Ali Hasan Ali Saleh is a former ambulance driver sentenced to a 15-year prison term in an unfair trial on 31 January 2018 in Bahrain. He is currently in Jau Prison awaiting appeal, where he continues to be subjected to torture and ill treatment by the authorities.
On 9 February 2017, the Ministry of Interior (MoI)’s Coast Guard arrested Ali at sea on 9 February 2017 during a joint operation with the MoI’s Criminal Investigations Directorate (CID), the MoI’s Special Security Force Command, and the National Security Agency. During the arrest, Ali was shot in the shoulder. While the MoI claims that security personnel exchanged gunfire with individuals on the boat with Ali, killing three other persons, there are significant inconsistencies in the government account that have been aggravated by further evidence of abuse and extrajudicial violence. After apprehending him, the authorities took Ali to the CID facility in Adliya without providing medical treatment for his wound.
While at the CID, officers severely tortured Ali, keeping him handcuffed and restraining his legs for the duration of the interrogation. He was also blindfolded for the majority of the period. At times, officers transferred Ali between the CID facility and an interrogation building at Jau Prison, where they also tortured him.
The officers beat Ali (mainly on the head), stripped him of his clothes (exposing him to cold temperatures), and threatened to subject him to electric shocks if he did not confess. They forced him to stand for 24-hour periods, and sometimes for as long as two days. Officers also threatened Ali with sexual assault and to bring in Ali’s wife so that they could sexually abuse her in his presence. At one point during the torture, officers asked Ali how many children he had. When he responded with two, they said that that was good because he was going to be sentenced to a long time in prison and have his citizenship revoked, so he would not be able to have children after that. The authorities ensured Ali’s fate was sealed even before the trial by torturing him into providing a confession.
As a result of the torture, Ali suffers from continuous pain in his head and is not able to concentrate. On 2 March 2017, officers took Ali to be examined but the doctor did not provide him with any treatment, despite his gunshot wound and the signs of torture. This was the first and only time officers allowed Ali to see a doctor.
On 7 March 2017, the officers transferred Ali to Dry Dock Detention Center. Detaining authorities allowed Ali’s wife to visit for the first time on 12 March 2017. Ali bore clear signs of torture, as well as deep wounds on his wrists from handcuffs. That week, on 16 March 2017, Ali’s family filed a complaint with the MoI Ombudsman. The Ombudsman then transferred the case and their findings to the Office of Public Prosecution’s Special Investigations Unit on 7 May 2017. The family has attempted to reach out to the Unit, but to no avail.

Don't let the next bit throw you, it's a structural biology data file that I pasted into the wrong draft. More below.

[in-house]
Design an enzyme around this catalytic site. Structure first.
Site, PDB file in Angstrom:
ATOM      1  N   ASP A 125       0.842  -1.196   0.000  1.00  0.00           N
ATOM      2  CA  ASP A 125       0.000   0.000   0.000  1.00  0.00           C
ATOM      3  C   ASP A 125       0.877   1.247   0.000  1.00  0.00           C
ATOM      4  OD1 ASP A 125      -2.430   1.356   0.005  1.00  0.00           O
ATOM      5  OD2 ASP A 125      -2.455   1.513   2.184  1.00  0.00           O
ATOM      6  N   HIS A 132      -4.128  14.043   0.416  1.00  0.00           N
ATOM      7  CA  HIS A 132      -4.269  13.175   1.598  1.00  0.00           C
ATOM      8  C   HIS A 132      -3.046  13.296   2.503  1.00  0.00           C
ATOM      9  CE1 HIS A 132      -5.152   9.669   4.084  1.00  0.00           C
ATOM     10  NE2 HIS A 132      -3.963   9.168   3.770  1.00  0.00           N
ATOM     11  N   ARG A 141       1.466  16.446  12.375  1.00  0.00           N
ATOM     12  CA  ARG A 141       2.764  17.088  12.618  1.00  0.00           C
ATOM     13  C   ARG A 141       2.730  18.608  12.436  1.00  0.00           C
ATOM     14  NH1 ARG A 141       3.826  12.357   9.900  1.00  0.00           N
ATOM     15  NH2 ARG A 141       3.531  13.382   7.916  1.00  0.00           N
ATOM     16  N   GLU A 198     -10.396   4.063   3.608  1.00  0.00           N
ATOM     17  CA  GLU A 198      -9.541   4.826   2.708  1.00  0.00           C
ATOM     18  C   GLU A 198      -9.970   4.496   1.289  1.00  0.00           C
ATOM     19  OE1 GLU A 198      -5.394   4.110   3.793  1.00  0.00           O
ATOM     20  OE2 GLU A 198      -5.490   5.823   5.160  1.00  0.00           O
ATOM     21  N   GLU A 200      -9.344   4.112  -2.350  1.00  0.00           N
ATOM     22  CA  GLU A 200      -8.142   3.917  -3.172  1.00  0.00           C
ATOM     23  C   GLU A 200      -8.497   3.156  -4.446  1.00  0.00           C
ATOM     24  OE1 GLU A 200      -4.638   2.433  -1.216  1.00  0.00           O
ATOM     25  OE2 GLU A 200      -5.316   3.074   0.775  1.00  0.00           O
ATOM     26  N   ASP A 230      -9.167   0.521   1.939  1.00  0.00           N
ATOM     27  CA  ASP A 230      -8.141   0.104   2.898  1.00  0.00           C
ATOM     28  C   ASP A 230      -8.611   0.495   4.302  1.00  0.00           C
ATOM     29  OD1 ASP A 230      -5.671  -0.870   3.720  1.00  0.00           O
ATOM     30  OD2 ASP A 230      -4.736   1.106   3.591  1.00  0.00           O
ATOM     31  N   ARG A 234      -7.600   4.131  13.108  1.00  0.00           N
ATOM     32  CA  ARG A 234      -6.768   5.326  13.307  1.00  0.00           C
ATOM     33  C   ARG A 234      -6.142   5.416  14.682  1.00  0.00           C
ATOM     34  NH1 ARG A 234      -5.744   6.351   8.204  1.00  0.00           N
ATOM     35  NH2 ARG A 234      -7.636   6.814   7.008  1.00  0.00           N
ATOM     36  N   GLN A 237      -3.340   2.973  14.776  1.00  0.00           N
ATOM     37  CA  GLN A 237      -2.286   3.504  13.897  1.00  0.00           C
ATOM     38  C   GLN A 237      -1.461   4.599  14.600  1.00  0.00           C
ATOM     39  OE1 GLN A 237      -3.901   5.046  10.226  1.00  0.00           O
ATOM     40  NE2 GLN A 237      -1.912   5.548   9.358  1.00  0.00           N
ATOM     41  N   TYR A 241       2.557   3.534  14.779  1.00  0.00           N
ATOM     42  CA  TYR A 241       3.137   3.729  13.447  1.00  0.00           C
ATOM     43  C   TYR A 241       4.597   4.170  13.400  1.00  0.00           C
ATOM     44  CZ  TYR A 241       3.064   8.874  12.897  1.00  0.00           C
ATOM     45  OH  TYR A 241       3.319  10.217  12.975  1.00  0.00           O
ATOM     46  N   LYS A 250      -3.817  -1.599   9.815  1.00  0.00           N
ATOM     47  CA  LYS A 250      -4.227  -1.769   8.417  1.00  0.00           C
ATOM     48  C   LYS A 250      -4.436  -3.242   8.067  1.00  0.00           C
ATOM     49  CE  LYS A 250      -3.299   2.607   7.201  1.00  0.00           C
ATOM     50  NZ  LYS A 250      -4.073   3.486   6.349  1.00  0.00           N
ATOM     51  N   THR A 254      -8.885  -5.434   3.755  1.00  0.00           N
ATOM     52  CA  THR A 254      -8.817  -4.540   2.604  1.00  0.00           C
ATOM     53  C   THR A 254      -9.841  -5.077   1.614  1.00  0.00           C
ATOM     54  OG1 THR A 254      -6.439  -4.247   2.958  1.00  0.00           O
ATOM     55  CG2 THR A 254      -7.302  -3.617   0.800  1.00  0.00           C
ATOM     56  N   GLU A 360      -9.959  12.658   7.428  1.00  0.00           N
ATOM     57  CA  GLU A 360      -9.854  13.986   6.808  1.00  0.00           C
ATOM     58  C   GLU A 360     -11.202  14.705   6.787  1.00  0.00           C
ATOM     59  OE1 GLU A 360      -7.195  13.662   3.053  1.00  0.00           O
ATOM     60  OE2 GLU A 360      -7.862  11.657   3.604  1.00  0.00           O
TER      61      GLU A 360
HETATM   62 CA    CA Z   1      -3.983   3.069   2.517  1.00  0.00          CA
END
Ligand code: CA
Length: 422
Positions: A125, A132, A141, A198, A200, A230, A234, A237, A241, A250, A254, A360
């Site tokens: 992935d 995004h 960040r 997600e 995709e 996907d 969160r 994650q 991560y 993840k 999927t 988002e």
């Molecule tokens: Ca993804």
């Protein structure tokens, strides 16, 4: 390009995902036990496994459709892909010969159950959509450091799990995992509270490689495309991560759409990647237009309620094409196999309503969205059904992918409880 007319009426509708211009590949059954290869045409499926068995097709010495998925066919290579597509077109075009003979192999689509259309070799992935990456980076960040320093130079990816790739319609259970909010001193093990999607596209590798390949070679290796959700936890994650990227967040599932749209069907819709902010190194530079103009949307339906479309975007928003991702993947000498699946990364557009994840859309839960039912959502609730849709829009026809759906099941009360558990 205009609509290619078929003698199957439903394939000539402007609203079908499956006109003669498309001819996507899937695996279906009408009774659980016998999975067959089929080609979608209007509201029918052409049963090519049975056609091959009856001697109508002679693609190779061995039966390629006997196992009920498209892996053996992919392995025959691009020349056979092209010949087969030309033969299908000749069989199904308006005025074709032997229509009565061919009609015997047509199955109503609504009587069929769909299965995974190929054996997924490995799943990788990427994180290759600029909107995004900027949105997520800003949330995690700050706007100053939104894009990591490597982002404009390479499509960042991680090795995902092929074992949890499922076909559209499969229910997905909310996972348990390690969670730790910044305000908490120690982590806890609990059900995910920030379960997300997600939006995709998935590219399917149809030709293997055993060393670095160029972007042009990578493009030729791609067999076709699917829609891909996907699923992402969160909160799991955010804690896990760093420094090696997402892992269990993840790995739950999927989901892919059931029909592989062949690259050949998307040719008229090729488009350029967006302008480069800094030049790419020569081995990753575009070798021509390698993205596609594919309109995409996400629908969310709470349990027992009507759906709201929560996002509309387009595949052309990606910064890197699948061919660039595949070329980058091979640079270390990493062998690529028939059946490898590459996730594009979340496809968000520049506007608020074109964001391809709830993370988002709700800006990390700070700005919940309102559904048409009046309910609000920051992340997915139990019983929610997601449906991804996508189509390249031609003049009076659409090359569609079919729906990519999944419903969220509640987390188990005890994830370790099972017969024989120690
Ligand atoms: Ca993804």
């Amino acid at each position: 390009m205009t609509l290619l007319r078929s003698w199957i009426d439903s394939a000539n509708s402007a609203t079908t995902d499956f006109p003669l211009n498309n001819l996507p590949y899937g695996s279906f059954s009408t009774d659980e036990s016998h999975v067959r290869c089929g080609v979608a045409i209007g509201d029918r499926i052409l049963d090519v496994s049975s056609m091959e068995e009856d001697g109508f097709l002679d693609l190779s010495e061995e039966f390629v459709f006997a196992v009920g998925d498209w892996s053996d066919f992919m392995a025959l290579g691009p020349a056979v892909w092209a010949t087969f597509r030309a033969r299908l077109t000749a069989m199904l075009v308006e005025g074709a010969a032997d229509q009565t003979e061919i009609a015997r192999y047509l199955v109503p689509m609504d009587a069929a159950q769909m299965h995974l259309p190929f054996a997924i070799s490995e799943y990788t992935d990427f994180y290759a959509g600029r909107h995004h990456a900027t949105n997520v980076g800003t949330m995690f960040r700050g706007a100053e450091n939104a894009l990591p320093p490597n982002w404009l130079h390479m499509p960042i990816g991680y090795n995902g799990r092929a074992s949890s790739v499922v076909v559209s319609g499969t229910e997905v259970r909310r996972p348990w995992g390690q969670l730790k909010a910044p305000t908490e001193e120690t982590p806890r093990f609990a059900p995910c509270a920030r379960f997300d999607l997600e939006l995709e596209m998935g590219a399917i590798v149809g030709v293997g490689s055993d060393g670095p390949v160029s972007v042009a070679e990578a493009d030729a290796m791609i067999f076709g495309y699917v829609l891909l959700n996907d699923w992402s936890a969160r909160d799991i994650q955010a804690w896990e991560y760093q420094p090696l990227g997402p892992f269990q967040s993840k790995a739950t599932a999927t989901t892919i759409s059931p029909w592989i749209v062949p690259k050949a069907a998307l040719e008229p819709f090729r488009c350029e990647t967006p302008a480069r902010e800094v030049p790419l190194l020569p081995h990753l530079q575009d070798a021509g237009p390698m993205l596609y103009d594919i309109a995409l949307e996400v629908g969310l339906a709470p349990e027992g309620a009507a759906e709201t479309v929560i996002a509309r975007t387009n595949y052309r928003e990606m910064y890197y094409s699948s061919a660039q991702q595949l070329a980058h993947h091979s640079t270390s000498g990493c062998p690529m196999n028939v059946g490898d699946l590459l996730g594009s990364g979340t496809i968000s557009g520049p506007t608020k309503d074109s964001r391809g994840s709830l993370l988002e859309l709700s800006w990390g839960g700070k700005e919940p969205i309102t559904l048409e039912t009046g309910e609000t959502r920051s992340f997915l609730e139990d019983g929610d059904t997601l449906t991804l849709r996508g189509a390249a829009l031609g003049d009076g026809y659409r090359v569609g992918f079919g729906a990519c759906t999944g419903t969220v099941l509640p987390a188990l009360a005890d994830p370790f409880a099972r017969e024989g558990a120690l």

On 17 October 2017, during a hearing specifically concerning Ali, Mohammed Khalid, the officer in charge of the arrest, gave cryptic answers to the questions posed by Ali’s lawyer, ultimately providing no concrete evidence regarding Ali’s charges. Despite this, on 31 January 2018, the court sentenced Ali to 15 years in prison and revoked his citizenship. He was convicted for possession of Kalashnikovs and joining a terrorist cell, still without any clear evidence.
During the transportation to the trial, guards beat Ali and other detainees inside the bus. After the trial, Ali was transferred to Jau Prison, where guards severely beat him and other detainees from the 31 January trial as they entered the prison.
Bahrain’s actions against Ali violate international law, including the Convention Against Torture and Other Cruel, Inhuman or Degrading Treatment or Punishment, the International Covenant on Civil and Political Rights (the Article 9 right to freedom from arbitrary detention), and the International Covenant on Economic, Social and Cultural Rights (the Article 12 right to health). ADHRB calls upon Bahrain to uphold its human rights obligations by annulling Ali’s conviction and ensuring that any subsequent trial is consistent with due process and fair trial rights. We additionally urge the authorities to investigate claims of torture and ill treatment by prison officials, to hold those officials accountable, and to keep Ali’s family informed on the status of his complaints. ADHRB further urges Bahraini officials to provide Ali with necessary medical care, including proper treatment for his injuries sustained while in prison.